Stay in the loop! Subscribe to our mailing list
The debate over inter-EU access to higher education institutions has recently heated up as the European Commission has decided to take legal action against Austria and Belgium for limiting EU student enrolment in their universities. The infringement procedure, which begins with the issuing of an ‘official letter of formal notice’ to both Member States, affords Austria and Belgium two months to respond before proceeding to the European Court of Justice (ECJ).
The Austrian case, which dates back to an ECJ judgment in 2005, revolves around stringent university entry requirements (see ACA Newsletter - Education Europe, July 2005). Under the Universities Act, applicants from other EU states were essentially forced to prove that they have met the conditions for entering a higher education institution in their home country, such as passing entrance exams. This, as well as last year’s cap limiting foreign student intake to 25%, is arguably a measure to deter the vast amount of German medical students taking Austrian medical degrees simply to return to practice in their home country after their studies. The Austrians feel that such student mobility is jeopardising to their health care, as strong German students are taking the place of local students. Nonetheless, the ECJ held that the Universities Act was discriminatory. Though the Austrians ceded and amended the legislation in 2005, similar entrance requirements were reintroduced in 2006, re-igniting the debate.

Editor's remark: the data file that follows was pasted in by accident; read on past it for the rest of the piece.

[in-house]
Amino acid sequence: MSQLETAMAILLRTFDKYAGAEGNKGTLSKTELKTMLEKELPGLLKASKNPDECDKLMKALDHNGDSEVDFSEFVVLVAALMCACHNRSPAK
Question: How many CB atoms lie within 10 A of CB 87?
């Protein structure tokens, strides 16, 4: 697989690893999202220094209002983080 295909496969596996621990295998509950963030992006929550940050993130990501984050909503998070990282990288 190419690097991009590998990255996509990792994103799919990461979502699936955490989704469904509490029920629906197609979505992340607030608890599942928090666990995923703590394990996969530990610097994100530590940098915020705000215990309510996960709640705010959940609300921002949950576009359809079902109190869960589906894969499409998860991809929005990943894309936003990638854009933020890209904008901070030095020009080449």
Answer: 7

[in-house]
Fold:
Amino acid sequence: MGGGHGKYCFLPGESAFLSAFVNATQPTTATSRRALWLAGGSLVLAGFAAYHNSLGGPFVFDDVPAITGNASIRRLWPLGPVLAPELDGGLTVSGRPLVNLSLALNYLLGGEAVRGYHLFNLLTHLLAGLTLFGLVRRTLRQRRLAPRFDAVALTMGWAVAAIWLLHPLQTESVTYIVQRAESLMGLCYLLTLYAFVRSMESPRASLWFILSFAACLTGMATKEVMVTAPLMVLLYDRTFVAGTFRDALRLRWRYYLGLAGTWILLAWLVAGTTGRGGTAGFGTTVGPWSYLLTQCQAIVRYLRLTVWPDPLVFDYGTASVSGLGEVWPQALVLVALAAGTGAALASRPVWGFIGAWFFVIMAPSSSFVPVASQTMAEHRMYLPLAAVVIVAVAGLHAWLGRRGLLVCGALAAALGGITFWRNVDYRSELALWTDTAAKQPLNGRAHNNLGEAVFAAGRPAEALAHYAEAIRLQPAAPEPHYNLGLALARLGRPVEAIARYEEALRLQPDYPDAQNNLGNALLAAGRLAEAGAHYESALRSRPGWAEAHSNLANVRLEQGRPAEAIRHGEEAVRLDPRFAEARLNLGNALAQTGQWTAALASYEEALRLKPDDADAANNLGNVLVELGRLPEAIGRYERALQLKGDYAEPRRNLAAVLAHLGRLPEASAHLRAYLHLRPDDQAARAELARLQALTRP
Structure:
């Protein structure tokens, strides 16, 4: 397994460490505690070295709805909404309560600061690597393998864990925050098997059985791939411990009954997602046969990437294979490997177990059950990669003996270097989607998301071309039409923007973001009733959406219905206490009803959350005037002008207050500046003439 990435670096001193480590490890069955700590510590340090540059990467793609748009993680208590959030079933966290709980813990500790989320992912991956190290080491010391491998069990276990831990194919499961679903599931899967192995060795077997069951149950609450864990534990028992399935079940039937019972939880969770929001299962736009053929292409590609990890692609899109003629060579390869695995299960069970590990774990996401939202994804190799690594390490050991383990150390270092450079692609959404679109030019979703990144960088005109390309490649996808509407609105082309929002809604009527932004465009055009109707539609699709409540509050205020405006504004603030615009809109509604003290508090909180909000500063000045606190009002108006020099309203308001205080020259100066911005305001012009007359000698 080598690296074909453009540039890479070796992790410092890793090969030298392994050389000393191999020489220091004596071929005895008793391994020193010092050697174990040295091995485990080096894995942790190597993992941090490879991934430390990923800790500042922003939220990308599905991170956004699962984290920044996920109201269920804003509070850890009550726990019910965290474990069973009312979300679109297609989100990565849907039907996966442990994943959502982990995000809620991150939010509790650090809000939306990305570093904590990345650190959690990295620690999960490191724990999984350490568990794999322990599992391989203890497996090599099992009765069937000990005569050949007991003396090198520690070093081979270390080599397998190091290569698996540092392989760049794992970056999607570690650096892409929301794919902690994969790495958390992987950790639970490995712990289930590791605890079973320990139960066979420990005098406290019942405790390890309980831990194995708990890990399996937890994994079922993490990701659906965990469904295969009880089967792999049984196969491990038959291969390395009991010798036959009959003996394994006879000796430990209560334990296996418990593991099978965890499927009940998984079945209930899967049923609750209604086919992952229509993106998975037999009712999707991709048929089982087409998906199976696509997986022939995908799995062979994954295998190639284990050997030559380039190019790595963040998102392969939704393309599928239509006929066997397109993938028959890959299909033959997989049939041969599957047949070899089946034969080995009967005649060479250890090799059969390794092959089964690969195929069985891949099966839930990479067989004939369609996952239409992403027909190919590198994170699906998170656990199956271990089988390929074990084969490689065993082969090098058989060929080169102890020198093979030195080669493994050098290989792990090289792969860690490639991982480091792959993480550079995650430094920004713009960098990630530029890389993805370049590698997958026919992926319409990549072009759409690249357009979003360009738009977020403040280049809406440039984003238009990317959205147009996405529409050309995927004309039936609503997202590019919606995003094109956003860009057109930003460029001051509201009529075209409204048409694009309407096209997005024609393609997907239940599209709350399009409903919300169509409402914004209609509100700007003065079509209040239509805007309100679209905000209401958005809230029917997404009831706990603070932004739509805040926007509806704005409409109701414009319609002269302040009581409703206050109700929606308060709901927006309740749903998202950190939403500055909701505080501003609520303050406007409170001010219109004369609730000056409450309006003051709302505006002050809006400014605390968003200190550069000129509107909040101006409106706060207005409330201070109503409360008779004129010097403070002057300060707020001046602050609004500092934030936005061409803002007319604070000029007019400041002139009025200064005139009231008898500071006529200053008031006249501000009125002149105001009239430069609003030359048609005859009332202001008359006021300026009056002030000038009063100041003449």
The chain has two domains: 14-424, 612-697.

Though a slightly different case, the French Belgians have also been accused of student discrimination. In June 2006, the Parliament of the Communauté Française issued a decree reserving 70% of medical school places for Belgian residents. Though Belgium has also been interrogated by the ECJ is 2003, they abolished the apparent discriminatory legislation before the infringement proceedings could materialise. The 2006 decree is thus considered a new infringement.
As the Danes have also expressed concern about the influx of EU medical students (specifically from Sweden), several ministries voiced the need to address such issues at the EU level. That university ‘discrimination’ seems to fall in one field (medecine) in repeated cases is perhaps indicative that EU must re-evaluate how it tackles this problem.